The Carnaúba palm is also known as the ‘tree of life’. If you get to know the endless applications of the different parts of the palm, you immediately understand this nickname. Even in periods of drought, the tree survives without problems. Every part of the tree can be used
1. The trunk
As the trunk of the Carnaúba palm is very resistant, it serves – already since the time of the indigenous populations – as construction material for houses. As a whole the trunk can be used as pillar, but fragmented pieces also serve to make construction materials or integrate some woodwork in houses. Moreover the wood is used to make furniture such as tables and beds, but also more decorative turned artefacts or small daily used domestic objects. Beautiful to see are the fences from Carnaúba wood, which enclose most houses.
2. The fruit
The oval, tree centimetre long fruit of the Carnaúba palm is greenish when it’s young, and purple when it’s ripe. The fruit grows in large quantities on the tree. To make an energetically tea the seeds should be immediately harvested from the tree between november and march. The fruit is eatable, both raw and cooked, and it provides a farina with the same nutritional value as manioc. When the fruit is green, it is used as food for young animals. If it’s dry, it produces refined oil. Roasted and grounded it becomes a powder that tastes like coffee.
3. The roots
The mostly white roots are traditionally known for their medical qualities in the treatment of some specific diseases. The roots have diuretic qualities and are used as tea in the treatment of rheumatism and syphilis.
4. The leaves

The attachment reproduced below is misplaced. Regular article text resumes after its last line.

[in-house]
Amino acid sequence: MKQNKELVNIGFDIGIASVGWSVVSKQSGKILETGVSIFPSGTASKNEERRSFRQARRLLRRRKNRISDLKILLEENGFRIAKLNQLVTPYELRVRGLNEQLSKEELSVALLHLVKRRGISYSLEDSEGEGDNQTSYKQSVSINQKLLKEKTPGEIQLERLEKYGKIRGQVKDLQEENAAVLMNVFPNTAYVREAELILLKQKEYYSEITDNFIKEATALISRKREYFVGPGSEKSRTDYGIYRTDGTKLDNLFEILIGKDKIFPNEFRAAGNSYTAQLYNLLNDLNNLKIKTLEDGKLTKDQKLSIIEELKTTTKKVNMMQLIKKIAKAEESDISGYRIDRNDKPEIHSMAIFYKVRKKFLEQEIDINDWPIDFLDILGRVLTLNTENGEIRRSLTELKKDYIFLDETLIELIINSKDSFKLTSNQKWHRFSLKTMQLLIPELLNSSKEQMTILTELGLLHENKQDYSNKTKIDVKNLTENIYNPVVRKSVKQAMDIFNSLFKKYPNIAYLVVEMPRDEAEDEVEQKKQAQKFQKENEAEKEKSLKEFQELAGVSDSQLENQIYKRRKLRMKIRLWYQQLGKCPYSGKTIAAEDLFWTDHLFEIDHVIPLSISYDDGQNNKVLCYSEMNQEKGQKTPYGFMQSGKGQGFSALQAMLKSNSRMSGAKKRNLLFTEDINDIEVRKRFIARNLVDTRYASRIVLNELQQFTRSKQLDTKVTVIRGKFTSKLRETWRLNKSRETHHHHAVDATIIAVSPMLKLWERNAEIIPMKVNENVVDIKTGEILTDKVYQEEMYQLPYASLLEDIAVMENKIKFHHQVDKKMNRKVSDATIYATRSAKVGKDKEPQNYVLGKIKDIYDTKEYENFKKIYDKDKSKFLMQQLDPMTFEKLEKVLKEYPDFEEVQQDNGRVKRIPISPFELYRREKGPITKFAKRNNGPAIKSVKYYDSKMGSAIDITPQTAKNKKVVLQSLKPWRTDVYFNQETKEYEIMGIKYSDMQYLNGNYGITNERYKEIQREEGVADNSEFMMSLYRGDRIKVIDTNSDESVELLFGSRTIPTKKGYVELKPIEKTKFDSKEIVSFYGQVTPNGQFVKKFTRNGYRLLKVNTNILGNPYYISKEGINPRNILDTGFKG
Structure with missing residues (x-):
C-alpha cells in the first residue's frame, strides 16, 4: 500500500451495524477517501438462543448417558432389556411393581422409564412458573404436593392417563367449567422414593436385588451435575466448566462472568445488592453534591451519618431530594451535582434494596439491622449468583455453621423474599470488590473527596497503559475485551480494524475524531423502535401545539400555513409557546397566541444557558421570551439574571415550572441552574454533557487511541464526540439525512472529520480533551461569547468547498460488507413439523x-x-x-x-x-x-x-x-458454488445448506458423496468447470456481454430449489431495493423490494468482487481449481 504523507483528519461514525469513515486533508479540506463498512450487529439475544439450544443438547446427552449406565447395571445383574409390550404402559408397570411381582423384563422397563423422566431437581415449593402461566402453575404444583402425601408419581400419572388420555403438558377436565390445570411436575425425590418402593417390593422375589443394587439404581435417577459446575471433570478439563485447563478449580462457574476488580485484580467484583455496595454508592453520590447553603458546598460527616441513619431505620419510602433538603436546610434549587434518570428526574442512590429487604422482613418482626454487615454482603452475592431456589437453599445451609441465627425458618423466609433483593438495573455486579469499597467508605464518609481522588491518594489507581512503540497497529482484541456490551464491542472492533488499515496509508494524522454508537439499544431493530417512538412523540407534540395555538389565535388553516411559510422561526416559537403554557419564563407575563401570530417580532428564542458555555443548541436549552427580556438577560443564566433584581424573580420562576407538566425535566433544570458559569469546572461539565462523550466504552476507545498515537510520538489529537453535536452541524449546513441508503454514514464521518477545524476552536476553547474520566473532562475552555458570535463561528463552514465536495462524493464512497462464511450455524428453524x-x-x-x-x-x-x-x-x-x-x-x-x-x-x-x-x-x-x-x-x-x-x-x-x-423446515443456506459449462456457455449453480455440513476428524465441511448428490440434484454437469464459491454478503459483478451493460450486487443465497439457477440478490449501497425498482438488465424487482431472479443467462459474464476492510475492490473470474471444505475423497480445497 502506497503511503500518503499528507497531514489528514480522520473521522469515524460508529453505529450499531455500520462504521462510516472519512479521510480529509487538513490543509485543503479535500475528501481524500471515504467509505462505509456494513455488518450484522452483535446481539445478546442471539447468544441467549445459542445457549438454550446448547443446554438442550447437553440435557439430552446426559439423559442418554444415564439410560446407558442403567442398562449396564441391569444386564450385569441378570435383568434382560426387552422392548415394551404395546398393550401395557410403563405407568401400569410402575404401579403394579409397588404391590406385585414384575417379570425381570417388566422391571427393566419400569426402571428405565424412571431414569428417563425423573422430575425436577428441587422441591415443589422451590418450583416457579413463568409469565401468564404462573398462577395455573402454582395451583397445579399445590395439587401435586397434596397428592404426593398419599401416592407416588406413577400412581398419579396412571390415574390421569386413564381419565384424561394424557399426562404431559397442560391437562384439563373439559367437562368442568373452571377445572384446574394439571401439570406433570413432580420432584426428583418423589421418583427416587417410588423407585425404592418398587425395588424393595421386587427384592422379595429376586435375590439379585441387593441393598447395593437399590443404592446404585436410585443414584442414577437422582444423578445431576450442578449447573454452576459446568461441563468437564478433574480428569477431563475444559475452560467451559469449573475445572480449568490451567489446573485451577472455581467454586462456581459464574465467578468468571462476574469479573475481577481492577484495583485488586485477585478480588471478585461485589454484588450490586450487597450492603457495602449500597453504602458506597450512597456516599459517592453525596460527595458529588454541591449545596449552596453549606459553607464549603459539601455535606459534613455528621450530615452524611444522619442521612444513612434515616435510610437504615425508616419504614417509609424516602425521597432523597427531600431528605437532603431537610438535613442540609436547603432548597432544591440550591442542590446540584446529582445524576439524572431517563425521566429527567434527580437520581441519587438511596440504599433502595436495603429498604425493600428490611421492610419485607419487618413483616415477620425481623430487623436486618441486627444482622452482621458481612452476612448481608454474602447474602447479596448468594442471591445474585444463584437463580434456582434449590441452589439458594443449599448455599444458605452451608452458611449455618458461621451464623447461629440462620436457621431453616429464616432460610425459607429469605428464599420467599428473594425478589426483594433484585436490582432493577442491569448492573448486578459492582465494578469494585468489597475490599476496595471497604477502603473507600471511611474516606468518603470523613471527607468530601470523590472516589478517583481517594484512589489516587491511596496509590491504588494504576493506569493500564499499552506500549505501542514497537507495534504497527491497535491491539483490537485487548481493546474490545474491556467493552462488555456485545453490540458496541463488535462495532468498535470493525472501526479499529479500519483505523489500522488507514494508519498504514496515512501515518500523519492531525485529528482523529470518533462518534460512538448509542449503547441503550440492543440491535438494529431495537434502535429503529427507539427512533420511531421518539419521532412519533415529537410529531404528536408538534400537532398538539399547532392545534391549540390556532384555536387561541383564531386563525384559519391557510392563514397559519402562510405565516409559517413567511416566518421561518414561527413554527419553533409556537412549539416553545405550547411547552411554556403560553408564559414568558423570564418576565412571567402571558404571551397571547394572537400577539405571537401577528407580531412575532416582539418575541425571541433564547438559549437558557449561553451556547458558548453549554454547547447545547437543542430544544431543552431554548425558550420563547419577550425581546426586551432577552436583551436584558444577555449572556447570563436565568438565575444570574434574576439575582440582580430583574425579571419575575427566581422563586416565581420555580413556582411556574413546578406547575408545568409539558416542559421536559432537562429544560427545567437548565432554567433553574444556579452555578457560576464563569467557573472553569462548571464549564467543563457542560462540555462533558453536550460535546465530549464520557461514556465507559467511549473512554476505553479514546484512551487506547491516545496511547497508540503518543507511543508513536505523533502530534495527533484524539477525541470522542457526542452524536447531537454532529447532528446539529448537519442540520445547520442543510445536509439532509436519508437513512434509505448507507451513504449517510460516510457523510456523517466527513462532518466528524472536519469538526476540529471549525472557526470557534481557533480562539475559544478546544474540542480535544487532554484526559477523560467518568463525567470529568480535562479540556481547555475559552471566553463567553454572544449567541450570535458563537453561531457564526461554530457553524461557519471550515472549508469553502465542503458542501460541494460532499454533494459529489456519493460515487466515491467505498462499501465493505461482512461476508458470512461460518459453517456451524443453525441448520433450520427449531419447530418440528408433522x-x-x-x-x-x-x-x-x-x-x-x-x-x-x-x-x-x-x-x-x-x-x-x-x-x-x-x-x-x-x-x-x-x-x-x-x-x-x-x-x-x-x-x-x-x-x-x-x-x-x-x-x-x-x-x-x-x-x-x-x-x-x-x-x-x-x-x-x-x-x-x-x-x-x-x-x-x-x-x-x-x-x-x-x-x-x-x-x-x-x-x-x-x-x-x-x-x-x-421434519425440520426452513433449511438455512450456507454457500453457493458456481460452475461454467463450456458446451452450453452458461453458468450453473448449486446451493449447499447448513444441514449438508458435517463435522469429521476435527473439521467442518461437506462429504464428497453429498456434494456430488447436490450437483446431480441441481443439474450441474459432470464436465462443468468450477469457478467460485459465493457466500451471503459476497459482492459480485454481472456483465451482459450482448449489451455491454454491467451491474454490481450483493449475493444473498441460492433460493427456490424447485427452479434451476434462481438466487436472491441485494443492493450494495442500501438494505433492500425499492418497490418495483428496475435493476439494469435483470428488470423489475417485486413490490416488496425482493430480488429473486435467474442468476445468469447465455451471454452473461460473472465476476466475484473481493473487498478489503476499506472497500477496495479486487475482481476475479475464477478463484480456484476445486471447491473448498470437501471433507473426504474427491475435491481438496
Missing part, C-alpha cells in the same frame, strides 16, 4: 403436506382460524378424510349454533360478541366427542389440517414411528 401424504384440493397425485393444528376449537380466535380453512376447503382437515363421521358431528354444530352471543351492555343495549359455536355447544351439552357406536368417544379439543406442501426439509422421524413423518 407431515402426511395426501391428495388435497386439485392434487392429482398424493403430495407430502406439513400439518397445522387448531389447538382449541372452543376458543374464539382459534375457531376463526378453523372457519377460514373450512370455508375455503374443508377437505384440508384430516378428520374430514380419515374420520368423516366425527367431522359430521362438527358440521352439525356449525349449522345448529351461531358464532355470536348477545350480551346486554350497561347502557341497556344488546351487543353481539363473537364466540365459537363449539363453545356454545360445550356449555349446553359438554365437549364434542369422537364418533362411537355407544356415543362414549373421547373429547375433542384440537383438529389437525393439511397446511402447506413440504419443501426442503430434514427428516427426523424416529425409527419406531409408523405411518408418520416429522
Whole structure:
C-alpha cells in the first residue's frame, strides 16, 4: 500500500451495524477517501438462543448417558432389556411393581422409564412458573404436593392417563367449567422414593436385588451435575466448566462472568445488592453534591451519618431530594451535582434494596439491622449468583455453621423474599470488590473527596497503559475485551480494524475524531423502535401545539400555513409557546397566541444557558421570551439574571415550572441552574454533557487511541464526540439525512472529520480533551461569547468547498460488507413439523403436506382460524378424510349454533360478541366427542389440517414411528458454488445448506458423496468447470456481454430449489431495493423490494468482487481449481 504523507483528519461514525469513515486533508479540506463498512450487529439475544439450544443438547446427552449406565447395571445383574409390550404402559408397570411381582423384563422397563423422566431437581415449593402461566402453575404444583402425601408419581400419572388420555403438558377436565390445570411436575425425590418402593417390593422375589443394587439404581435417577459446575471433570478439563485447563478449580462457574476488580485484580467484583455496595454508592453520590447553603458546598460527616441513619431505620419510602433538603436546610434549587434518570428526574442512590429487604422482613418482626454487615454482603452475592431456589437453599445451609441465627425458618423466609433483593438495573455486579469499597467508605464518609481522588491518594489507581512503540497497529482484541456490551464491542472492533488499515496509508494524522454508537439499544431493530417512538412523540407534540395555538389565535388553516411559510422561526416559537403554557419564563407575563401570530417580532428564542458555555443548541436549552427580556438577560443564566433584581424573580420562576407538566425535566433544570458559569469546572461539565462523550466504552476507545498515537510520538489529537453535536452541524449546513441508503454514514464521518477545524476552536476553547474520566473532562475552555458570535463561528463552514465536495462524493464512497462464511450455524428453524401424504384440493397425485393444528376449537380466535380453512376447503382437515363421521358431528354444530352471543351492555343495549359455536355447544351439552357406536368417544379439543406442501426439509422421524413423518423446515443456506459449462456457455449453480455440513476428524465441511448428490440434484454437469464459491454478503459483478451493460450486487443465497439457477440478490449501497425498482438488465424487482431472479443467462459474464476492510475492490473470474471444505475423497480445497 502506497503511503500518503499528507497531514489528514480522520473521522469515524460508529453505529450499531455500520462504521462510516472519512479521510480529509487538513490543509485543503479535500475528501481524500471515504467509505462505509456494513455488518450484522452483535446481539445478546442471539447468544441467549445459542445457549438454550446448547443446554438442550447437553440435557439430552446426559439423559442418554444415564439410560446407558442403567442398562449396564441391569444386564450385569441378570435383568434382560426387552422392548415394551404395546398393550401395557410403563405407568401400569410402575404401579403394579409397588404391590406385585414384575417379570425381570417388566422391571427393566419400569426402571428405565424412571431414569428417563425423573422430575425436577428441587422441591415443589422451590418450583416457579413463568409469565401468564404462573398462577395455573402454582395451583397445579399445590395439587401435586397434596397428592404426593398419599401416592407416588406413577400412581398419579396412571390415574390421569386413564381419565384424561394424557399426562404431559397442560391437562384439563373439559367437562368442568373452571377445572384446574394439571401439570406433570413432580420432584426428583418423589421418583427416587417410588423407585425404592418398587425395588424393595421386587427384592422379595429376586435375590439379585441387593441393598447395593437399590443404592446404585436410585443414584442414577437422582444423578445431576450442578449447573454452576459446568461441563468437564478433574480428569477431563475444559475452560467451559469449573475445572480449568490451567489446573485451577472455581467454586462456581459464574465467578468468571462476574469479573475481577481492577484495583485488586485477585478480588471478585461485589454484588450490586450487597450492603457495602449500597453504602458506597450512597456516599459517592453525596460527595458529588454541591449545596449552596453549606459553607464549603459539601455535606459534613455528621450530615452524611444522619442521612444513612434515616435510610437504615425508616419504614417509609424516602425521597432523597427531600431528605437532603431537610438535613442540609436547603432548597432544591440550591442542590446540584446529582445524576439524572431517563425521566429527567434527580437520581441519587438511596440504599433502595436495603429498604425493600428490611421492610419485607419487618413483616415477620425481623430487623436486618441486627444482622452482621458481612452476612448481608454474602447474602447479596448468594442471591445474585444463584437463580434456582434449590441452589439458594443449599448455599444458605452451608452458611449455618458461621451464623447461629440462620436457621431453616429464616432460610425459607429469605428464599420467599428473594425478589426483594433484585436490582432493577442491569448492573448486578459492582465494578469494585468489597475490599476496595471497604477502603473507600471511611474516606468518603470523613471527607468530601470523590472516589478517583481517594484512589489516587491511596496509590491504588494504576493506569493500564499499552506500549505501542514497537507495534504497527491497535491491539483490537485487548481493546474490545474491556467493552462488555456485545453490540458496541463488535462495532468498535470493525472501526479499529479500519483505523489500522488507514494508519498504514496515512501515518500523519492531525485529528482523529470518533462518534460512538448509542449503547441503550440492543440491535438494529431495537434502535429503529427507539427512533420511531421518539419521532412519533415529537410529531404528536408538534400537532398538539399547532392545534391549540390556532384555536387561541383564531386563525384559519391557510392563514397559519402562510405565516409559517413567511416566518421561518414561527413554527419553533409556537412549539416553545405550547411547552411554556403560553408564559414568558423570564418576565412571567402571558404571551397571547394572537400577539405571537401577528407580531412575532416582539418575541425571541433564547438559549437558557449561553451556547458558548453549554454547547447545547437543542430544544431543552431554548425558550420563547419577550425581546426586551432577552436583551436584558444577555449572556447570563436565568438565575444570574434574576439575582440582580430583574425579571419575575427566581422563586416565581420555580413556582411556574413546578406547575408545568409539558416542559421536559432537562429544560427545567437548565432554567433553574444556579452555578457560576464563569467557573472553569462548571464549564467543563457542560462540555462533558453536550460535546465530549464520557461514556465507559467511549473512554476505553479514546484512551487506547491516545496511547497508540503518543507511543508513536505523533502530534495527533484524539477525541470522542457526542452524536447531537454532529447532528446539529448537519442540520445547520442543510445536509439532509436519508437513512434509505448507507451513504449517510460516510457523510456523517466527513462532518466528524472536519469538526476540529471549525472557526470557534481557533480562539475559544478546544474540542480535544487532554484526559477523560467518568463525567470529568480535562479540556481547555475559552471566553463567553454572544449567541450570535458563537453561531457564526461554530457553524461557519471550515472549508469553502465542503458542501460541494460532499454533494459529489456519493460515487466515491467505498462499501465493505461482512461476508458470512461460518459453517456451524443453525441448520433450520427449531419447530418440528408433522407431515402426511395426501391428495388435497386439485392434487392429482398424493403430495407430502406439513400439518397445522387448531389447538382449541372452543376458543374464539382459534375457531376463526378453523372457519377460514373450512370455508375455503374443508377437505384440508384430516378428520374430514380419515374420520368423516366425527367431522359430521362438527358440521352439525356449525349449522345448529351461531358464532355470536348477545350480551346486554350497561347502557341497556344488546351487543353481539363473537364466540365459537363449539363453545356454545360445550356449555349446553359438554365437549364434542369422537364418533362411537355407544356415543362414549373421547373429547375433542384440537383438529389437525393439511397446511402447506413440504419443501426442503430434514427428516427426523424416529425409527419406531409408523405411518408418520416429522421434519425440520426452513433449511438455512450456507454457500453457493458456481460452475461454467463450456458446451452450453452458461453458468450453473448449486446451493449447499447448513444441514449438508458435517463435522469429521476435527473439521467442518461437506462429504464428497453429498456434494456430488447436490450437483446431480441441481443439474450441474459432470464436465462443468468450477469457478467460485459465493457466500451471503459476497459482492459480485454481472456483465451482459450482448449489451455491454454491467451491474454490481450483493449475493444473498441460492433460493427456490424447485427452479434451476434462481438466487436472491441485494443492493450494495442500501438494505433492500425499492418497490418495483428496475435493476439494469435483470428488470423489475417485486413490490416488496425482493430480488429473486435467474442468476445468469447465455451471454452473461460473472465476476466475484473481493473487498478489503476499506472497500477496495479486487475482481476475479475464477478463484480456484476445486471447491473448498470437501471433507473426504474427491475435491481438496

If you drive around Ilha Grande, you can still discover a lot of houses with roofs covered by Carnaúba leaves. But the leaves from young trees, the pindoba, also serve as animal food during the dry season. From the fibres of the leaves twines are produced, and the leaves themselves serve to make paper and fabrics. Moreover the strong leaf can be used to create the most diverse accessories such as bags or sun protecting hats out of it. The macerated and beaten straw is reduced to fibres, which are dried in the sun and afterwards used to make artisanal products such as baskets or hammocks.
5. The wax
Ever since the colonial period the Carnaúba wax, which the tree produces to fight the heat, attracted the attention of the Portuguese. In the early days it was used to make candles to light the houses of the European nobility. Later the consumption only augmented. Until it reached an amount of 100.000 tons in the fifties. Today it’s still a valuable ingredient for different industrial products, mainly produced in the United States, Europe and Japan. Brazil is the only country in the world, which produces this wax. What rests after the wax is removed becomes a fertilizer.
As every part of the Carnaúba palm can be used, the tree plays an important economic role in the North-East of Brazil. That’s why it appears on the flag of the states Rio Grande do Norte and Ceará. The most important economic uses are the powder to make the wax and the shredded straw – a bagana – that is used for the fertilisation and cooling of the ground of new plantations. Thanks to this protection the ground stays humid – even during the six dry summer months – and the temperature is more balanced, but it also protects the plants to heavy rainfalls. Moreover, with its beautiful shape the Carnaúba palm determines the panorama in this region, as well in the city centres as in natural environments.